LONG ISLAND BUSINESS NEWS: Skelos: LI will thrive, thanks to technology
Skelos: LI will thrive, thanks to technology
By Dean Skelos
For decades, Long Island’s economy was dependent on the aerospace industry until it crumbled and our economy recessed. Rather than bemoan the loss of jobs and people, many of us envisioned a stronger economy built on high-tech and biotech industries using Long Island’s wealth of scientific and entrepreneurial talent. Now, Nassau and Suffolk counties are home to many growing companies and thousands of new jobs.
Many regions across the country have had tremendous economic success by becoming hubs for specific industries that have created numerous jobs. They have attracted entrepreneurs that support and depend on each other. This “cluster” model works because businesses are attracted to certain locations so they can work among peers in their industry.
Over a decade ago, Long Island’s Senate delegation laid the foundation to develop high-tech and biotech clusters here. We worked together to secure more than $100 million in investments to build the infrastructure necessary to attract companies in these fields. Those investments are paying off in the form of new jobs.
This year, we enacted legislation to expand the Broad Hollow Bioscience Park at SUNY Farmingdale, a commitment that cleared the way for OSI Pharmaceuticals/ Astellas to create about 800 direct and indirect jobs with an annual payroll of approximately $50 million.
Senate Republicans helped create the Broad Hollow business incubator in 2002 as part of a total state investment of more than $70 million for biotechnology businesses and jobs on Long Island. This bioscience cluster is one of the most successful in the nation.
The Cold Spring Harbor Laboratory is one of the nation’s first and finest research institutions. Senate Republicans secured $20 million in 2005 to create the Center For Bioinformatics at Cold Spring Harbor. Scientists and biologists working at the center are conducting the next generation of research into the human genome to help cure diseases. About 1,000 people work at the lab.
The Advanced Energy Research and Technology Center at Stony Brook University was established in 2006 with a $35 million economic investment secured by Senate Republicans. The center has earned national recognition for its groundbreaking work in developing new, cleaner sources of energy. Working together, the AERTC, the Center for Excellence in Wireless and Information Technology and nearby businesses tied to these facilities employ almost 1,300 people.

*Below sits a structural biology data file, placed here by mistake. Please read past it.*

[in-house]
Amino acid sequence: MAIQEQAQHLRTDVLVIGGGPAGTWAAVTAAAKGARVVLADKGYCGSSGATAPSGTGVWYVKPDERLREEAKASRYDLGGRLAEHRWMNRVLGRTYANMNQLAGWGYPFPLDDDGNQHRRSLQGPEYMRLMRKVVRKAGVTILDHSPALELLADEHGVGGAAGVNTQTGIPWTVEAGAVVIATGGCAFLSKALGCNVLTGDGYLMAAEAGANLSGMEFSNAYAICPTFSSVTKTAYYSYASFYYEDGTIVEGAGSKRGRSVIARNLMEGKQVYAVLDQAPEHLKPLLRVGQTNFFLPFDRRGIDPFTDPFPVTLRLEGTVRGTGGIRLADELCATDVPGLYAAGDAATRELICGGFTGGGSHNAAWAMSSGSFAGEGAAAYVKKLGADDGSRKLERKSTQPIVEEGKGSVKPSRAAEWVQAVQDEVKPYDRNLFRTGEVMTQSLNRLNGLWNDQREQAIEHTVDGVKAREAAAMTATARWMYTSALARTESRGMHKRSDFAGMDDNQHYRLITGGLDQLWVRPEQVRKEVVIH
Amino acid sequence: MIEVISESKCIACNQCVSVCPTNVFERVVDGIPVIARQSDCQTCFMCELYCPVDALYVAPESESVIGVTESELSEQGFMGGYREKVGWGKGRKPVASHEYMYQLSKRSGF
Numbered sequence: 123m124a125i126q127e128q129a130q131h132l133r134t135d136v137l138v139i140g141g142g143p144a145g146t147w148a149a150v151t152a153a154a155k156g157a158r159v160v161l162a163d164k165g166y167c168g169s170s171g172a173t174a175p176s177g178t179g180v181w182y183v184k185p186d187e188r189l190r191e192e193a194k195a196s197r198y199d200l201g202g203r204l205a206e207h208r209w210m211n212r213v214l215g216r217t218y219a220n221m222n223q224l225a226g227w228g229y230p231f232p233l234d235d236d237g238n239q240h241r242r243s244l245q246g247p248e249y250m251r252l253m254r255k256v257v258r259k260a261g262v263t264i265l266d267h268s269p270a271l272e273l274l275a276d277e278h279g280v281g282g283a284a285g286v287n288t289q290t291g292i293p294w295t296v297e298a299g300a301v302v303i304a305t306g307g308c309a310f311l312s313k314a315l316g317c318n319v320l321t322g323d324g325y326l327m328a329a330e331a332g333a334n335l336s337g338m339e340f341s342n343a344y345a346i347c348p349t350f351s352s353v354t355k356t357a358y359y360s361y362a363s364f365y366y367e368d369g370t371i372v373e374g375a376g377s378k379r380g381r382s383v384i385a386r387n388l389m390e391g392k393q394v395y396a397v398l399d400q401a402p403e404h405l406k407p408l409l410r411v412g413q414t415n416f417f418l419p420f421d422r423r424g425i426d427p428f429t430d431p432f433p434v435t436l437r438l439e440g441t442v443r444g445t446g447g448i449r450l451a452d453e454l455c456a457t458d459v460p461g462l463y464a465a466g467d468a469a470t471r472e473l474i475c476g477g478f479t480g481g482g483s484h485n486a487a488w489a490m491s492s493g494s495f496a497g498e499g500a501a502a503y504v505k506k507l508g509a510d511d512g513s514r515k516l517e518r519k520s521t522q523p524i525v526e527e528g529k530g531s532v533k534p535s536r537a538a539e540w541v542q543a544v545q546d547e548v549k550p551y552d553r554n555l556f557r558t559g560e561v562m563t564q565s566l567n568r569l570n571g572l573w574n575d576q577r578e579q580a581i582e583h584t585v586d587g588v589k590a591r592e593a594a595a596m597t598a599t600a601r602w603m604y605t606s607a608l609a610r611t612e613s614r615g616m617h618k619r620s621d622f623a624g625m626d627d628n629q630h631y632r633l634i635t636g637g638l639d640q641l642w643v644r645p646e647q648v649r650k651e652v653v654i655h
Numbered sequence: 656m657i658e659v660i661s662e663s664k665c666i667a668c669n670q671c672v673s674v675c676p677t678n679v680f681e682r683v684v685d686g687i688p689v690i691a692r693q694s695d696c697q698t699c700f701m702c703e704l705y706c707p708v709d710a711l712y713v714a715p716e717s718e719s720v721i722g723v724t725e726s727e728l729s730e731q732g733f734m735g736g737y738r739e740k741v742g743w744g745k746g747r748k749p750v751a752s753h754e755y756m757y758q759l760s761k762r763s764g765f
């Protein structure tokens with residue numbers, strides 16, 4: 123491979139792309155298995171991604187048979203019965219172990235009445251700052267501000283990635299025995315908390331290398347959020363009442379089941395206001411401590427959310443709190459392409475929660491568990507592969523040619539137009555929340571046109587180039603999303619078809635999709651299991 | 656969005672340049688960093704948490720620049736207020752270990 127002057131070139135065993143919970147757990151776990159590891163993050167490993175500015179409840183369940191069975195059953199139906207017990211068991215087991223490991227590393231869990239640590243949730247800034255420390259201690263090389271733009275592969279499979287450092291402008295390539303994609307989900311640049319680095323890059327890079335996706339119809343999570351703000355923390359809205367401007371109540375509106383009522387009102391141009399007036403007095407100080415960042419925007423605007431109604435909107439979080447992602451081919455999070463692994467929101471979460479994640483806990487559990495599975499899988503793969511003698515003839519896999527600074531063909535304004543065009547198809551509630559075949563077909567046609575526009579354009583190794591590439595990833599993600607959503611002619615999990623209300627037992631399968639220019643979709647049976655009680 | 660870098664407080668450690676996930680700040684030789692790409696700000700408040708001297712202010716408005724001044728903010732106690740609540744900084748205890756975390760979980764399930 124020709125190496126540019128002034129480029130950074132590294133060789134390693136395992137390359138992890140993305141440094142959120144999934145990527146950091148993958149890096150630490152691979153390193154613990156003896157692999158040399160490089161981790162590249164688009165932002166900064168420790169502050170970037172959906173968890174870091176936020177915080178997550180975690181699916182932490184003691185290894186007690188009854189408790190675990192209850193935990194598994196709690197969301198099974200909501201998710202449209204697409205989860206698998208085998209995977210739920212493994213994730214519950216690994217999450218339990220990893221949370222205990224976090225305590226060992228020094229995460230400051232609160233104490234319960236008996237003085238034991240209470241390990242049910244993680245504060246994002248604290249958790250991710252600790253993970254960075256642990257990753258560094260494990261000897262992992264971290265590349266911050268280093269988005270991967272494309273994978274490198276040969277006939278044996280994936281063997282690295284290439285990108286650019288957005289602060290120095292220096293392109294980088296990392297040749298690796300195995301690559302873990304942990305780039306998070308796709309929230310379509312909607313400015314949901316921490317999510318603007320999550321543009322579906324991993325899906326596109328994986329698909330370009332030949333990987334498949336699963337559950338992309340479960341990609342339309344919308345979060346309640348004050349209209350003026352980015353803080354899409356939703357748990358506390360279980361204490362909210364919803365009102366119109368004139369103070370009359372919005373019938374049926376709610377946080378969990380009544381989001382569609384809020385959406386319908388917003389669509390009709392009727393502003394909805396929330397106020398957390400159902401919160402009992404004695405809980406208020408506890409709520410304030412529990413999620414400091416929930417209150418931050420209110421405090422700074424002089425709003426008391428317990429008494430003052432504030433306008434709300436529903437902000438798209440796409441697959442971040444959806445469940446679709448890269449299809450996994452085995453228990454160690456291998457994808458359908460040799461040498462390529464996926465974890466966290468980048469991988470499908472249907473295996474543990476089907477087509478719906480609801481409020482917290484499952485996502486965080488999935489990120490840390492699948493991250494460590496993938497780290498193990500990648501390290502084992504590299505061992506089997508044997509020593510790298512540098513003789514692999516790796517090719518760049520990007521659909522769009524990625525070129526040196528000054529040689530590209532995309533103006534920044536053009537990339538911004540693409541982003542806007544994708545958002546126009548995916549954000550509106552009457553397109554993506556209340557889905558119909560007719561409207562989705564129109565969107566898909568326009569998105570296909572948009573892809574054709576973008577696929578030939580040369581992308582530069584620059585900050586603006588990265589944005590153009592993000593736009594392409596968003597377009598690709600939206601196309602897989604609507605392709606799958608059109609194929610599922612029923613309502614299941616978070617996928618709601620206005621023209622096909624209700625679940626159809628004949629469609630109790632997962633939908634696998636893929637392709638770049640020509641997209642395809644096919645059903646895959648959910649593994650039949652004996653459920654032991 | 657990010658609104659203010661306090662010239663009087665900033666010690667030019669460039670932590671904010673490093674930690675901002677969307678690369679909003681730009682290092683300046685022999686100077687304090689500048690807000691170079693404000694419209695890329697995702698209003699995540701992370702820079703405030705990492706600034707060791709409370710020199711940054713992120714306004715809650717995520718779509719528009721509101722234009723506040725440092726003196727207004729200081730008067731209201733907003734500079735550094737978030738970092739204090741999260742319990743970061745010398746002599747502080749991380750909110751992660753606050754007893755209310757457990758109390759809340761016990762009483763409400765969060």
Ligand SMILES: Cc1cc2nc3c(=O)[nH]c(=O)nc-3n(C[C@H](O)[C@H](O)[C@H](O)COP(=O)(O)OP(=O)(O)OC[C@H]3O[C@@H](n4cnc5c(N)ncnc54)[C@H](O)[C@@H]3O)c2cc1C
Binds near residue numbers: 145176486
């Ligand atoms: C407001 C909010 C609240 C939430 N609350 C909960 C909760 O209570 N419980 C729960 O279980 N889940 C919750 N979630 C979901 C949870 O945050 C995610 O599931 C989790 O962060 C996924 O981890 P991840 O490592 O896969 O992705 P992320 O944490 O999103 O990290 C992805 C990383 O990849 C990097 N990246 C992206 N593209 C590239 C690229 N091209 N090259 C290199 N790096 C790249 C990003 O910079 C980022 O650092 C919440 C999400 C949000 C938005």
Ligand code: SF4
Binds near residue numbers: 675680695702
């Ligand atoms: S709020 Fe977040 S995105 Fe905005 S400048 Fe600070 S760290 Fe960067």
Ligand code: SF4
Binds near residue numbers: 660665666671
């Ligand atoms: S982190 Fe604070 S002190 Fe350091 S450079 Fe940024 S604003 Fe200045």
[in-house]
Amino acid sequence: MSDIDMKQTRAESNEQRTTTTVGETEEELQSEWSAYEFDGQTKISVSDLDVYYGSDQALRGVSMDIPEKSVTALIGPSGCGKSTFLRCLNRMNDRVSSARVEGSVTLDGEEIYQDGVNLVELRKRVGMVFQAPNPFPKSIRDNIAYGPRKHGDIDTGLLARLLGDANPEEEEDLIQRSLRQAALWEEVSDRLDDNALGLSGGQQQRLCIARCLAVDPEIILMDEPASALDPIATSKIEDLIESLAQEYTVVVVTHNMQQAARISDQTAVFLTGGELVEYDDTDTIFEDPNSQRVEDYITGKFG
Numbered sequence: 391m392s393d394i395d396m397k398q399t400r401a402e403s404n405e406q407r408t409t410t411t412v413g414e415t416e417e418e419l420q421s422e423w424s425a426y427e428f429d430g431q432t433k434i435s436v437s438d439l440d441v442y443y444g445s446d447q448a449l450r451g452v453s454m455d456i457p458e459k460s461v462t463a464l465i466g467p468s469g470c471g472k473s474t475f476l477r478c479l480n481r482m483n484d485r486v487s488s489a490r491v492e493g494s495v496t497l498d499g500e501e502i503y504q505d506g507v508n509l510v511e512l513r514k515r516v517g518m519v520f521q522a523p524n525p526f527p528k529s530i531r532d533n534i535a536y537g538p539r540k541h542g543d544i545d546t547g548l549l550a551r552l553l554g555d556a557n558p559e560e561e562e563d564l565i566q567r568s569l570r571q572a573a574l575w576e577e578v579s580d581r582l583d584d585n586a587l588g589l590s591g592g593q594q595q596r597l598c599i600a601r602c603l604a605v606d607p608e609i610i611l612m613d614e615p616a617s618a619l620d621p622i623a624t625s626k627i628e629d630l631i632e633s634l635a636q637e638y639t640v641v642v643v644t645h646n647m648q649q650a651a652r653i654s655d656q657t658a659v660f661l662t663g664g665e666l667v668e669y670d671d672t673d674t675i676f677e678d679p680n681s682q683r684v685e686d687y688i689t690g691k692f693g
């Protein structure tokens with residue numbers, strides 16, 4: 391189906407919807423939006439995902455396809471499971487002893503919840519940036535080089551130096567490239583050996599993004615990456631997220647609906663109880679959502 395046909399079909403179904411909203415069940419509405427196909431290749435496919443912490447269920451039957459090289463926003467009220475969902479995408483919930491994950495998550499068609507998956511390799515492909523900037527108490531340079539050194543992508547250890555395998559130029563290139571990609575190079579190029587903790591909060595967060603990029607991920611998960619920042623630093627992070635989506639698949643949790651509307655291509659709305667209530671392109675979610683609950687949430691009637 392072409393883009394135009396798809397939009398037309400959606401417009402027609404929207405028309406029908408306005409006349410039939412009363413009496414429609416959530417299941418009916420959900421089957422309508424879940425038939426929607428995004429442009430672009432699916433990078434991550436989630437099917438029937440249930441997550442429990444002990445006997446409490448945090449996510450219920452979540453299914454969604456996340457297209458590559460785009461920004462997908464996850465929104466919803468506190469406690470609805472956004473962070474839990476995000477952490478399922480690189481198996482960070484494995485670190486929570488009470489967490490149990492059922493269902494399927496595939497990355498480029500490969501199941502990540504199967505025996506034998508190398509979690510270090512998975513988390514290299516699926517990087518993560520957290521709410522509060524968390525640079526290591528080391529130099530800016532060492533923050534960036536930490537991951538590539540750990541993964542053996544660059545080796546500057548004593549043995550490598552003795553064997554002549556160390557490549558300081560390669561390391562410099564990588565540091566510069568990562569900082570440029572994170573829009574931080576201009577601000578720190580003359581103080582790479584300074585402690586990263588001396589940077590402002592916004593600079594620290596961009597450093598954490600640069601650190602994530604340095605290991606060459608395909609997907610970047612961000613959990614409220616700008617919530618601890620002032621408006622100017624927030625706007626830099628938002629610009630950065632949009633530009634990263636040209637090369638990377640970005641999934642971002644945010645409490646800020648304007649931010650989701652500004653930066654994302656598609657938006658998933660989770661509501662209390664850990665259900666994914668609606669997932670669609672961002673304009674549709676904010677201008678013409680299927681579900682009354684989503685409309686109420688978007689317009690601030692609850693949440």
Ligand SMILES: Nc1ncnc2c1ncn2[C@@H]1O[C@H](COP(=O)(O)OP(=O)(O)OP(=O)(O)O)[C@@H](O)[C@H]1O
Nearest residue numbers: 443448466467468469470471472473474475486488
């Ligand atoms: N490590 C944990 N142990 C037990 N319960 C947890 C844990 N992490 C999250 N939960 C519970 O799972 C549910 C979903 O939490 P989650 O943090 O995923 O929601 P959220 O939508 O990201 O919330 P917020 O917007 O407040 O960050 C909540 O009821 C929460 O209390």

We also secured $25 million for the creation of the Morrelly Homeland Security Center, which is a great example of how a vacated property can be turned into a vibrant facility that now employs more than 200 people. The center focuses on products and systems that can protect us from terrorist events and disasters, and was instrumental to the regional preparations and response to Hurricane Irene. There is no other facility of its kind in the United States.
In addition, we secured state investments that resulted in successful programs and new jobs:
- The Institute for the Development of Education in the Advanced Sciences at Hofstra University that educates teachers and the public about cutting-edge issues in science and technology
- The creation of the Long Island Center for K-12 Science and Biology Education at Molloy College, which has already trained 60 new science teachers for local schools, as well as many nurses for local hospitals
- The new medical school at Hofstra in partnership with the North Shore-Long Island Jewish Health System was funded by a $25 million state investment.
More good economic news is on the way. Soon the Long Island Forum for Technology will announce a location for the Advanced Materials and Manufacturing Technology Innovation Center, as well as new partnerships with SUNY Farmingdale and Stony Brook University. We have been working on this facility for five years and have obtained a $15 million state investment.
In 1927, Charles Lindbergh made a courageous decision to take off from Roosevelt Field and fly across the Atlantic Ocean, later spawning the aviation industry here. Senate Republicans also made an important decision: to make Long Island a high-tech and biotech hub. And we continue to see our efforts take off. However, our economy is still hurting and we cannot rest on our laurels.
We will continue to work with the governor, community and industry leaders to ensure that these industries continue to create more jobs and a brighter future for Long Island.
Skelos is the New York Senate majority leader.